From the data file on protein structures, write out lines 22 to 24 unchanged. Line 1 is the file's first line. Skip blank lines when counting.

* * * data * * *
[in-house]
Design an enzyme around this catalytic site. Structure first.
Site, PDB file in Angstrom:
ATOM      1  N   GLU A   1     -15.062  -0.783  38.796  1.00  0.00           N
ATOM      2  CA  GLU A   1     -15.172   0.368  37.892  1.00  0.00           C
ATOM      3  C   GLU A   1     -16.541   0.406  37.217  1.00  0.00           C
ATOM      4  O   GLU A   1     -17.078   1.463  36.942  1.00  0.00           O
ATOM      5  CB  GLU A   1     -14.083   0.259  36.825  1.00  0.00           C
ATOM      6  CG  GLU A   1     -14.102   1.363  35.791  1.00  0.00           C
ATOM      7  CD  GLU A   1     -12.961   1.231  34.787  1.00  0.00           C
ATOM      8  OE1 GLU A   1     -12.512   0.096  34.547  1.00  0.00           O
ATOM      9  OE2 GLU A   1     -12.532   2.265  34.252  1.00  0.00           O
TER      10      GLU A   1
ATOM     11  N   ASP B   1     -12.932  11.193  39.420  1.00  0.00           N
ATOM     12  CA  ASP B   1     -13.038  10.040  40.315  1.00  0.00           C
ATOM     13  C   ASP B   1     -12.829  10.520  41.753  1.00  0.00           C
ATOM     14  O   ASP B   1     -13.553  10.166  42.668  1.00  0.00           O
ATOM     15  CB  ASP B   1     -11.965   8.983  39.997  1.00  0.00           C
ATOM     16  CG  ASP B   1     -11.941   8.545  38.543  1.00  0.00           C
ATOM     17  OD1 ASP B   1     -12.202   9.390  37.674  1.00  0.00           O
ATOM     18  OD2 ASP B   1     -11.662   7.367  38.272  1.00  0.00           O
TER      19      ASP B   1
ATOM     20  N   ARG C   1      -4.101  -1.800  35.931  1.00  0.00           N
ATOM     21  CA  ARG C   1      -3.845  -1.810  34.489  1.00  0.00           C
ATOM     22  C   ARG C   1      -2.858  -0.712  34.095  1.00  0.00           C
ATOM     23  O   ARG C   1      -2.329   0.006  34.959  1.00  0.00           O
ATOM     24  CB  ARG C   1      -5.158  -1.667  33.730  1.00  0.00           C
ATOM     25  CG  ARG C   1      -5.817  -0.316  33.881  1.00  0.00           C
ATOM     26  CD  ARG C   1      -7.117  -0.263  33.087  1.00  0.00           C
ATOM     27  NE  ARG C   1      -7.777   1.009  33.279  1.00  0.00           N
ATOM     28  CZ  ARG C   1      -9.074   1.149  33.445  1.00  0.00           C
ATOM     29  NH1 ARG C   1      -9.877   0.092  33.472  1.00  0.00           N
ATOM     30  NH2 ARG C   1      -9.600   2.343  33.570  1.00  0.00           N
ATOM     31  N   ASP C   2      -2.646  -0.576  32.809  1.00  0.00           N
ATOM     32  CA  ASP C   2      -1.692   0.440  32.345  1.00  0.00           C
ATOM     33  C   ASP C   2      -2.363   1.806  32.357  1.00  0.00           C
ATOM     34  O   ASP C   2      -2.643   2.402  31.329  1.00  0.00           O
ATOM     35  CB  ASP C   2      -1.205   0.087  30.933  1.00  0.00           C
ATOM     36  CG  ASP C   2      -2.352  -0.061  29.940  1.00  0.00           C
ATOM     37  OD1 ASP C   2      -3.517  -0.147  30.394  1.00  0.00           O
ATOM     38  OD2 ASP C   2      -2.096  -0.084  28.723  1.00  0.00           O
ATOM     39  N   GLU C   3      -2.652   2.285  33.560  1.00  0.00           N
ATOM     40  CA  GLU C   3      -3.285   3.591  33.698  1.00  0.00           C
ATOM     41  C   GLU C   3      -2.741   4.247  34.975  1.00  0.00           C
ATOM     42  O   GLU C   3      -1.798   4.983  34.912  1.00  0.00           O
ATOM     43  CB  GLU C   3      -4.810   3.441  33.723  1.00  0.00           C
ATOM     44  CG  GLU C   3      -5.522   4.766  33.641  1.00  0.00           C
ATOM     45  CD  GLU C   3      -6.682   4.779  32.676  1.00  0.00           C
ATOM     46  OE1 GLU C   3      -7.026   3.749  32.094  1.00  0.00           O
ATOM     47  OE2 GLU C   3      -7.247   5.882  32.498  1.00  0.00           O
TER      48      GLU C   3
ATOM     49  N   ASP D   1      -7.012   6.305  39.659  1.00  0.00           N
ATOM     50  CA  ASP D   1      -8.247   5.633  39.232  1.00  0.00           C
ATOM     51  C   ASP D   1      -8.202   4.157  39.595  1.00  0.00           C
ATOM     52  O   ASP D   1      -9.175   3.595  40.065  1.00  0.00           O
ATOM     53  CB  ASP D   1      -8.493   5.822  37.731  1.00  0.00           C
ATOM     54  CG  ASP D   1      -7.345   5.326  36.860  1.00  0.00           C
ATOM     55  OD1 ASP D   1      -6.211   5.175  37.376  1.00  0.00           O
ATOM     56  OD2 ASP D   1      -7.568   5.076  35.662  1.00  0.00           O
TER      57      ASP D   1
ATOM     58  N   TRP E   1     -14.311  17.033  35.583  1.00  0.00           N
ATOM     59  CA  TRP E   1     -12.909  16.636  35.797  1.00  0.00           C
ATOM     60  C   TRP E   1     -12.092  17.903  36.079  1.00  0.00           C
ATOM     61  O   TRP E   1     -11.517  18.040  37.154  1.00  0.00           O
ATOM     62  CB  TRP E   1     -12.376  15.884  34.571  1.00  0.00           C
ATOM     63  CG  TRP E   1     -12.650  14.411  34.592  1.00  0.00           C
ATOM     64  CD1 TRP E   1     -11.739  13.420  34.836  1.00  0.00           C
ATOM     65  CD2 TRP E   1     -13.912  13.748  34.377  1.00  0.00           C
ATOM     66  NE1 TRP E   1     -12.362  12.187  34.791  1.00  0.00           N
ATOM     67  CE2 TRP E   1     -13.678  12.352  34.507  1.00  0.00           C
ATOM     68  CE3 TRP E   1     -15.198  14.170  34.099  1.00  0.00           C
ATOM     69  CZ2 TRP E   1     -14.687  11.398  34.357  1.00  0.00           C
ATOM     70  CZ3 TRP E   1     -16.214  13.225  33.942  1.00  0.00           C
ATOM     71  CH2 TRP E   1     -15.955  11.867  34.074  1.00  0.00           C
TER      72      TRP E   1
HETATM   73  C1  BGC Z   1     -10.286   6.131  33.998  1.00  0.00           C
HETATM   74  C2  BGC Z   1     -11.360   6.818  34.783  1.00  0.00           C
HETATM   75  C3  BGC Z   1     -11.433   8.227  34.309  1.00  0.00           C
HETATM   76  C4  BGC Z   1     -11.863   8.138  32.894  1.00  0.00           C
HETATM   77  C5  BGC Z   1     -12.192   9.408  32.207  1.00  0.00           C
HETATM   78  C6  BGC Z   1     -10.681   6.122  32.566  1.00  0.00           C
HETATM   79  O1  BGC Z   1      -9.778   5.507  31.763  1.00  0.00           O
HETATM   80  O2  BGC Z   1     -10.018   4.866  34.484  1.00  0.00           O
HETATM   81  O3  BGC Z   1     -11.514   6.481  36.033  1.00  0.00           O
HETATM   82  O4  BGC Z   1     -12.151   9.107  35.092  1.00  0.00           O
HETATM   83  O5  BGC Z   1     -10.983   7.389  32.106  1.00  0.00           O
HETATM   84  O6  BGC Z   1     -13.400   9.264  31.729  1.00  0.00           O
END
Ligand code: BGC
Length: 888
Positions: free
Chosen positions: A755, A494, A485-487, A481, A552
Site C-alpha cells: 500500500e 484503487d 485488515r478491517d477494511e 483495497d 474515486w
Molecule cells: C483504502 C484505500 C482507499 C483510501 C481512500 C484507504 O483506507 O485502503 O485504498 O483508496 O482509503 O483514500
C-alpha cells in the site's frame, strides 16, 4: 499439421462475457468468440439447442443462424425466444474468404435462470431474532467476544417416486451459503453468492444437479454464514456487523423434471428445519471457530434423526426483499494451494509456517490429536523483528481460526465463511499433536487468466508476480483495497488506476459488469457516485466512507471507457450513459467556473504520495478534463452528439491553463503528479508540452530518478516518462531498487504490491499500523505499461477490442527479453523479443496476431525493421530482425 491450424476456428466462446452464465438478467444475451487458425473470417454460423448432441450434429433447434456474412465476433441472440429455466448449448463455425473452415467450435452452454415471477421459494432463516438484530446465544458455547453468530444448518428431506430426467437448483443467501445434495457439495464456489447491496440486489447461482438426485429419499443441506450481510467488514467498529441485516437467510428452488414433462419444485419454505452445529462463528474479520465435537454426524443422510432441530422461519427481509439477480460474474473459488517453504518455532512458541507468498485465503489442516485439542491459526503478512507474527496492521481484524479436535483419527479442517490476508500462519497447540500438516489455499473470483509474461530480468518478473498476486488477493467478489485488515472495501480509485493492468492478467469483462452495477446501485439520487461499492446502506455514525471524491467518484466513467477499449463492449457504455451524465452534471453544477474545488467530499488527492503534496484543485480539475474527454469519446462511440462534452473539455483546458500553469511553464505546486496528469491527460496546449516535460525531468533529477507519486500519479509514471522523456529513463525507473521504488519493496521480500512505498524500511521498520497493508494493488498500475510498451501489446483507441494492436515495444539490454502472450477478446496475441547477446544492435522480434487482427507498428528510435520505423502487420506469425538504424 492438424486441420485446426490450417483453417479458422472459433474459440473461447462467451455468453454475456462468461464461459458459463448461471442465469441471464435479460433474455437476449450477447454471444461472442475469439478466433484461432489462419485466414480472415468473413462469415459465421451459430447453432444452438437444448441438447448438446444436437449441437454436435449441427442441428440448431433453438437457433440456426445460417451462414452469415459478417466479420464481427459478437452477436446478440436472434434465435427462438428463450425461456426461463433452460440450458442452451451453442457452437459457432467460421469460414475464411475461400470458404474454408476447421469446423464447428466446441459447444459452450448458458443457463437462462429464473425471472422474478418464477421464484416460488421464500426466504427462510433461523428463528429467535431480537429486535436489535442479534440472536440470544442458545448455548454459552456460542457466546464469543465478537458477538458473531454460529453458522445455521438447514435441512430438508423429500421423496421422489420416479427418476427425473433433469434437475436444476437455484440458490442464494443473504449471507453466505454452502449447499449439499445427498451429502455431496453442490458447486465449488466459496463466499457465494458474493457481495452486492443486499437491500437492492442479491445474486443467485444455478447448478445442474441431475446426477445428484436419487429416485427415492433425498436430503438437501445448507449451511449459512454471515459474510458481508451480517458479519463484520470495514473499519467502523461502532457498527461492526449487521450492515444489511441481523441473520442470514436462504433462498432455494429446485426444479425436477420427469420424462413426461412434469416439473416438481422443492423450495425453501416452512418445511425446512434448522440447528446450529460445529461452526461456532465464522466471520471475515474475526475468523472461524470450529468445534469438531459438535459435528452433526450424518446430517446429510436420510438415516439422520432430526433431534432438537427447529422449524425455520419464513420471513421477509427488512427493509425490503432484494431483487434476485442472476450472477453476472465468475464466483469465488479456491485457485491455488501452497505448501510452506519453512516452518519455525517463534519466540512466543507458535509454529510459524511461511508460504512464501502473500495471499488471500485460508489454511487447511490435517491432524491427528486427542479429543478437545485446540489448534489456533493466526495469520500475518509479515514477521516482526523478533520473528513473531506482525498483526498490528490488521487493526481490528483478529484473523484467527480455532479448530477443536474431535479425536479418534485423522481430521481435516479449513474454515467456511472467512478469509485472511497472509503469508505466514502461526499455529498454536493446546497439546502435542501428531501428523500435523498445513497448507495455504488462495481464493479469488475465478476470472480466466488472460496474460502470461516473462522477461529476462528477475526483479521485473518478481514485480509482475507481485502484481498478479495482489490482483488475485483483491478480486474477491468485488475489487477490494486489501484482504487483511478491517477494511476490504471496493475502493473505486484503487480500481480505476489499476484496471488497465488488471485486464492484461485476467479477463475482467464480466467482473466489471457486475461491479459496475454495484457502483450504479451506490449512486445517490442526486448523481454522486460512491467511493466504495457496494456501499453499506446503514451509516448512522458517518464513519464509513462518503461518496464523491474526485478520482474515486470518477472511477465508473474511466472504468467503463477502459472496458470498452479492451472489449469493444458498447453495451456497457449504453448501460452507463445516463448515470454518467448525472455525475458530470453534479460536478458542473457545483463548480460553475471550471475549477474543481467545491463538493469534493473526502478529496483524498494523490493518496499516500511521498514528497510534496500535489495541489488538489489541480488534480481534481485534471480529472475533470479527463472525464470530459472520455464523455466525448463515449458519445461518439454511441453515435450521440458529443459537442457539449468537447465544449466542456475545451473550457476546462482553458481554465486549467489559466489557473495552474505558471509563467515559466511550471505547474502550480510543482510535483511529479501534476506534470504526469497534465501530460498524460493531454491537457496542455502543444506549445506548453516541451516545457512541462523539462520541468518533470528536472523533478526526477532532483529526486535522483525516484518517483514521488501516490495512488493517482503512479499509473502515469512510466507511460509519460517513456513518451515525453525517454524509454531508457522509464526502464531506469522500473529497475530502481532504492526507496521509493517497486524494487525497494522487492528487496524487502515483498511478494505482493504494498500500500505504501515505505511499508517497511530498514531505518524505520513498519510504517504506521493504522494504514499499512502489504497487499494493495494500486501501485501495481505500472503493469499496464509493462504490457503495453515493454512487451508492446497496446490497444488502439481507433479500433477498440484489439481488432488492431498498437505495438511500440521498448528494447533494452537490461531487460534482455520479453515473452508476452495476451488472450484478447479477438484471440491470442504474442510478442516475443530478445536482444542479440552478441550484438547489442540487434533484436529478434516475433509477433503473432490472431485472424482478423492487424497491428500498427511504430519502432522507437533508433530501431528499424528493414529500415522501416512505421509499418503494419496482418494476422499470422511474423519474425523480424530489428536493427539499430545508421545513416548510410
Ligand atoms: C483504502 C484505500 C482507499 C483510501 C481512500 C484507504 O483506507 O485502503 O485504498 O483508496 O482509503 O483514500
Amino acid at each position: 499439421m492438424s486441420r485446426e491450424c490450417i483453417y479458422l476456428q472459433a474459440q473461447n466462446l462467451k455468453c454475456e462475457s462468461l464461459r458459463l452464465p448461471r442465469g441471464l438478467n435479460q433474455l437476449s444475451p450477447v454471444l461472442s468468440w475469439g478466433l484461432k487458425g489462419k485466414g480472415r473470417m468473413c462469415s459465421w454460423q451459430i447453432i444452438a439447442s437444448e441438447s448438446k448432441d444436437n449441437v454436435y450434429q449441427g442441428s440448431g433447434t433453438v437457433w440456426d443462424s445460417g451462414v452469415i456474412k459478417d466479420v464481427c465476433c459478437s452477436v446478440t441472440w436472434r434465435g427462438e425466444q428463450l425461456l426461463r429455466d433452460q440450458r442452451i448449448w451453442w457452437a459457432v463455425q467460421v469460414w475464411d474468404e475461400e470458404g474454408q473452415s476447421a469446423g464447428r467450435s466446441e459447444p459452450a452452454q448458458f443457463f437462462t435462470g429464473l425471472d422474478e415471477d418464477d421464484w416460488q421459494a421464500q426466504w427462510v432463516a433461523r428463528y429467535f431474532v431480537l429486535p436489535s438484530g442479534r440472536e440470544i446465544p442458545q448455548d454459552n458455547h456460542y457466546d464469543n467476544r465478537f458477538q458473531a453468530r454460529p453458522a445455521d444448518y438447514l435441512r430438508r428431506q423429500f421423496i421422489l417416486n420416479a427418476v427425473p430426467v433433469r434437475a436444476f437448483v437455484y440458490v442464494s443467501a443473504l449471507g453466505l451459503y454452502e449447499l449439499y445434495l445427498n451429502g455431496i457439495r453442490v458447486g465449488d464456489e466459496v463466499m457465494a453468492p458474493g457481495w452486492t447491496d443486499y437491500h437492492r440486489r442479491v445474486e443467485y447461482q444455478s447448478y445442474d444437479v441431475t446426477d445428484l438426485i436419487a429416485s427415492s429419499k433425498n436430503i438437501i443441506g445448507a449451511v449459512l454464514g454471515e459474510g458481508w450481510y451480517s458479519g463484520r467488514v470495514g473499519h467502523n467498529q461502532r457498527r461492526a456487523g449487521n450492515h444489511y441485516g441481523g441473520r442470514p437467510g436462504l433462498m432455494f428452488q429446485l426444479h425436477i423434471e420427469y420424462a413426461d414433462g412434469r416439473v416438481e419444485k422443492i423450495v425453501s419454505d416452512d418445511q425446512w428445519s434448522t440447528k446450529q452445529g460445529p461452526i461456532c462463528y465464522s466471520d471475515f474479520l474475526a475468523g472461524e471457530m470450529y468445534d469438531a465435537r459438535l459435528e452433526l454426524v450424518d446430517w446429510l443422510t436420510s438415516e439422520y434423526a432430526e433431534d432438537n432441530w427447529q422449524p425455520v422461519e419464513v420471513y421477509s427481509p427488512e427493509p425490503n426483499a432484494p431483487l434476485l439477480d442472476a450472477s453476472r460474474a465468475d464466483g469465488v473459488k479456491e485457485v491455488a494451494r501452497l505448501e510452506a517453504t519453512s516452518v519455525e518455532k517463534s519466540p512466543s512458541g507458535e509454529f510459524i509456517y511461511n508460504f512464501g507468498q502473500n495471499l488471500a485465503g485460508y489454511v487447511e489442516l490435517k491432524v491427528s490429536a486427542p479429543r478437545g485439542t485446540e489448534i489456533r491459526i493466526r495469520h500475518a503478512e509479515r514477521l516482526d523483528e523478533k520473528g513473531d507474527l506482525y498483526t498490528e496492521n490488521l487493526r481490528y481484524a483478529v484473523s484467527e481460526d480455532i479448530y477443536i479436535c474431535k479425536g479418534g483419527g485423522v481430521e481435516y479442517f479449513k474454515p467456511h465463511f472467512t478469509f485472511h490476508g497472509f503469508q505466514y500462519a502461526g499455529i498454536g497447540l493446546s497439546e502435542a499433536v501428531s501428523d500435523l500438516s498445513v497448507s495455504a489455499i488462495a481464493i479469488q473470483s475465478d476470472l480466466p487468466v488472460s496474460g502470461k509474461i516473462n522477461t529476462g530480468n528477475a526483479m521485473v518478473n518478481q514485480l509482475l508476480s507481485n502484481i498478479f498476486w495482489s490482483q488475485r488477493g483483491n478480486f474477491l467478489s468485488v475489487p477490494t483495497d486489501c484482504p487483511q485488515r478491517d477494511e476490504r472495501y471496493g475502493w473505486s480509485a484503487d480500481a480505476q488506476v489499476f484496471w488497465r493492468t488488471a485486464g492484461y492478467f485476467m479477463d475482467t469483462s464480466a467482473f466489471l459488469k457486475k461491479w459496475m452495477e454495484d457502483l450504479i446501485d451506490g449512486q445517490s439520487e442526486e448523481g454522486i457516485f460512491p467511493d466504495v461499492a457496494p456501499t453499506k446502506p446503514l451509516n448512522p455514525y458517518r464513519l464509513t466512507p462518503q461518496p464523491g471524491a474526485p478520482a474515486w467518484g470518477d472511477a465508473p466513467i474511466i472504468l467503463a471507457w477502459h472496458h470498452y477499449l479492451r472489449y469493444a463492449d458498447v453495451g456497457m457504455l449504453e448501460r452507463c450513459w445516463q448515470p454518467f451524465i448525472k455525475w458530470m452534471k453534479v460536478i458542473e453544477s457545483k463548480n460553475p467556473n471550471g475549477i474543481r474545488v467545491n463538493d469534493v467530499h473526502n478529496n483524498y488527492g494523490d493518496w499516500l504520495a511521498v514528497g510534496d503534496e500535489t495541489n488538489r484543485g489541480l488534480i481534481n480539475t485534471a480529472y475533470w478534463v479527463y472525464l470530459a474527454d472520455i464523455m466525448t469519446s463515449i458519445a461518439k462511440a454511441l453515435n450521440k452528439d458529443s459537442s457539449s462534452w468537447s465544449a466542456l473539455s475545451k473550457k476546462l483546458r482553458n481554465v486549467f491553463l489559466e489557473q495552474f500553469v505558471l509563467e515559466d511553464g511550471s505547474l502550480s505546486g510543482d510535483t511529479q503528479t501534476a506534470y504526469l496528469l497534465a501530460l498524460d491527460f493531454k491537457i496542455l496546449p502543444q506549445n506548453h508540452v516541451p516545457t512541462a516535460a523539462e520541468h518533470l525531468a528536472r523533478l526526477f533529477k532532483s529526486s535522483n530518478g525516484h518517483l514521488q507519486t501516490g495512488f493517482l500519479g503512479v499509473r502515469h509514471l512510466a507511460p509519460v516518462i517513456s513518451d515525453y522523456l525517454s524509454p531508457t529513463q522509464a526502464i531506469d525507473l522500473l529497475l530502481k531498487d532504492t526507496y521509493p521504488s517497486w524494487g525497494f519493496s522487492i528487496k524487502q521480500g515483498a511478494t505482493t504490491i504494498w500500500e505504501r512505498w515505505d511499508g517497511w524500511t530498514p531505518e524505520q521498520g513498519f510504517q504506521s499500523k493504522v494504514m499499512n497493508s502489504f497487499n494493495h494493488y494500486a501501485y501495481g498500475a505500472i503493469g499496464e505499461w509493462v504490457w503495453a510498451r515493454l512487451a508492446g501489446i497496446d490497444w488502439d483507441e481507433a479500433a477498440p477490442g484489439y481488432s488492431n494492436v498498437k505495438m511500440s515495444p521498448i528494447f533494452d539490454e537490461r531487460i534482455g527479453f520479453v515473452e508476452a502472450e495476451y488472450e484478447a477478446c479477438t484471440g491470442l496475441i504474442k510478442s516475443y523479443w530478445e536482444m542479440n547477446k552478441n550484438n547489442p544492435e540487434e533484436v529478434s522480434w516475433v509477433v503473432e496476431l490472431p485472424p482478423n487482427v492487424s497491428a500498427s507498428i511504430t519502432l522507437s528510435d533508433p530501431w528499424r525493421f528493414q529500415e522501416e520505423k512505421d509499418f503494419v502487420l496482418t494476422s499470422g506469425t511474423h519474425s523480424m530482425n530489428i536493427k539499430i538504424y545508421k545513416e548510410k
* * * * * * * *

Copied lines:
TER      19      ASP B   1
ATOM     20  N   ARG C   1      -4.101  -1.800  35.931  1.00  0.00           N
ATOM     21  CA  ARG C   1      -3.845  -1.810  34.489  1.00  0.00           C